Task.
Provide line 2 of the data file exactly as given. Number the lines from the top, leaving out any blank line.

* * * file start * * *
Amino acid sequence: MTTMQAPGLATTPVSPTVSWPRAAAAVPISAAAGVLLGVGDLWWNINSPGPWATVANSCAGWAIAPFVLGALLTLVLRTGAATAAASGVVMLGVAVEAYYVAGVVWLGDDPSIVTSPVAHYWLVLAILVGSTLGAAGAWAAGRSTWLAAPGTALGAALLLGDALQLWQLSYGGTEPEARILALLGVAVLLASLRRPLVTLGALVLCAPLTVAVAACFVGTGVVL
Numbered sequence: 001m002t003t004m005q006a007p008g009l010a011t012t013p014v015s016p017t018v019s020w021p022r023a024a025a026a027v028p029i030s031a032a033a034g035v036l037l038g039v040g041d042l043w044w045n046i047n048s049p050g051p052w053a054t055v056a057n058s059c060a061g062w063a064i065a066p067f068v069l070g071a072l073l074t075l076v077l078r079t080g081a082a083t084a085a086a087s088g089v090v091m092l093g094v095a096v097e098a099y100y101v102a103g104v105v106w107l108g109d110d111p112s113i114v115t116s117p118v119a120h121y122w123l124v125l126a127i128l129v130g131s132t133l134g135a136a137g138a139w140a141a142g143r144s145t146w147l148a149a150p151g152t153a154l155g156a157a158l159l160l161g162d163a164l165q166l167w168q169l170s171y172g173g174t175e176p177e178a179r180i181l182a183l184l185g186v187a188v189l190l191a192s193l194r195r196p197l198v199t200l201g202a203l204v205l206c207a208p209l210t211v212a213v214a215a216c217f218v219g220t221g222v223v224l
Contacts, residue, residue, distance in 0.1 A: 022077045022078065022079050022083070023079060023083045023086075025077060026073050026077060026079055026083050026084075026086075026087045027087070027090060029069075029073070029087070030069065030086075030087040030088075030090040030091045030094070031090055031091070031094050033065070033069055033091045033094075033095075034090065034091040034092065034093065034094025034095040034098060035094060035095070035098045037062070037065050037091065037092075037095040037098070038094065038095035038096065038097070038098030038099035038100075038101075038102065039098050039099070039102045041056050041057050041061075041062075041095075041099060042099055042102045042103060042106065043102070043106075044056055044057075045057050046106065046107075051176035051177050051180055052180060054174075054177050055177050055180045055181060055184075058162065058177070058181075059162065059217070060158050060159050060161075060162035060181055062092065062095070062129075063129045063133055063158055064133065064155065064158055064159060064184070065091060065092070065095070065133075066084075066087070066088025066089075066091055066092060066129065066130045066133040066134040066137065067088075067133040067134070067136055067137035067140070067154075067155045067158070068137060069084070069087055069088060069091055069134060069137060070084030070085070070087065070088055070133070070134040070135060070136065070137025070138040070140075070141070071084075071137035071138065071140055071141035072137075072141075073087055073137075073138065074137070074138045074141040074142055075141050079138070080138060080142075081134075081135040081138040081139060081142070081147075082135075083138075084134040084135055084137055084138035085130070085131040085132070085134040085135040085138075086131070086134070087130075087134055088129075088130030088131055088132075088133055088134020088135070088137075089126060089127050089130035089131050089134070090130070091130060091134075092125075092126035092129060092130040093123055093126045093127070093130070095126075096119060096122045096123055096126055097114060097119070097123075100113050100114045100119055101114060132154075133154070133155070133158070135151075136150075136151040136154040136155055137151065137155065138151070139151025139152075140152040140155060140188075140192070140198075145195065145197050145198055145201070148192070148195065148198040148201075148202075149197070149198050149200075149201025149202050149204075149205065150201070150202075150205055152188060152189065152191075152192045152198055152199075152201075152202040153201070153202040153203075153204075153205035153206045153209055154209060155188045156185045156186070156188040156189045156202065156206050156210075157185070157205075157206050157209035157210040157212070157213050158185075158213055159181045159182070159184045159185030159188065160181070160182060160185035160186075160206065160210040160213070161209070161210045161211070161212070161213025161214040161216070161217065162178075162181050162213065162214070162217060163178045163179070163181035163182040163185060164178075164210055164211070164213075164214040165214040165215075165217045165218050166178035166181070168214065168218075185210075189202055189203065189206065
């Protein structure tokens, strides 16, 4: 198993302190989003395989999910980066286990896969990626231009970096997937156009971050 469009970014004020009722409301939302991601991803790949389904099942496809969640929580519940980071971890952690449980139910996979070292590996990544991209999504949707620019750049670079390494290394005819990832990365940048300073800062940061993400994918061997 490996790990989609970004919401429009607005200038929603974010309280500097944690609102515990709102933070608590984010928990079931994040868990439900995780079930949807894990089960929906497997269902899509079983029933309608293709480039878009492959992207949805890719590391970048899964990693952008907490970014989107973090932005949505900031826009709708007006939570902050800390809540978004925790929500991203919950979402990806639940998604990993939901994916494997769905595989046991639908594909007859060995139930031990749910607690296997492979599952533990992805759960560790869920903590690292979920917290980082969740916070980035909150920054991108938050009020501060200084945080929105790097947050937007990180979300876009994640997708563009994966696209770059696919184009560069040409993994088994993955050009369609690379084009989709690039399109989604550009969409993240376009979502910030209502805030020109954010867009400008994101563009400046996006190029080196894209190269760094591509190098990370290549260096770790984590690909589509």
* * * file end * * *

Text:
Numbered sequence: 001m002t003t004m005q006a007p008g009l010a011t012t013p014v015s016p017t018v019s020w021p022r023a024a025a026a027v028p029i030s031a032a033a034g035v036l037l038g039v040g041d042l043w044w045n046i047n048s049p050g051p052w053a054t055v056a057n058s059c060a061g062w063a064i065a066p067f068v069l070g071a072l073l074t075l076v077l078r079t080g081a082a083t084a085a086a087s088g089v090v091m092l093g094v095a096v097e098a099y100y101v102a103g104v105v106w107l108g109d110d111p112s113i114v115t116s117p118v119a120h121y122w123l124v125l126a127i128l129v130g131s132t133l134g135a136a137g138a139w140a141a142g143r144s145t146w147l148a149a150p151g152t153a154l155g156a157a158l159l160l161g162d163a164l165q166l167w168q169l170s171y172g173g174t175e176p177e178a179r180i181l182a183l184l185g186v187a188v189l190l191a192s193l194r195r196p197l198v199t200l201g202a203l204v205l206c207a208p209l210t211v212a213v214a215a216c217f218v219g220t221g222v223v224l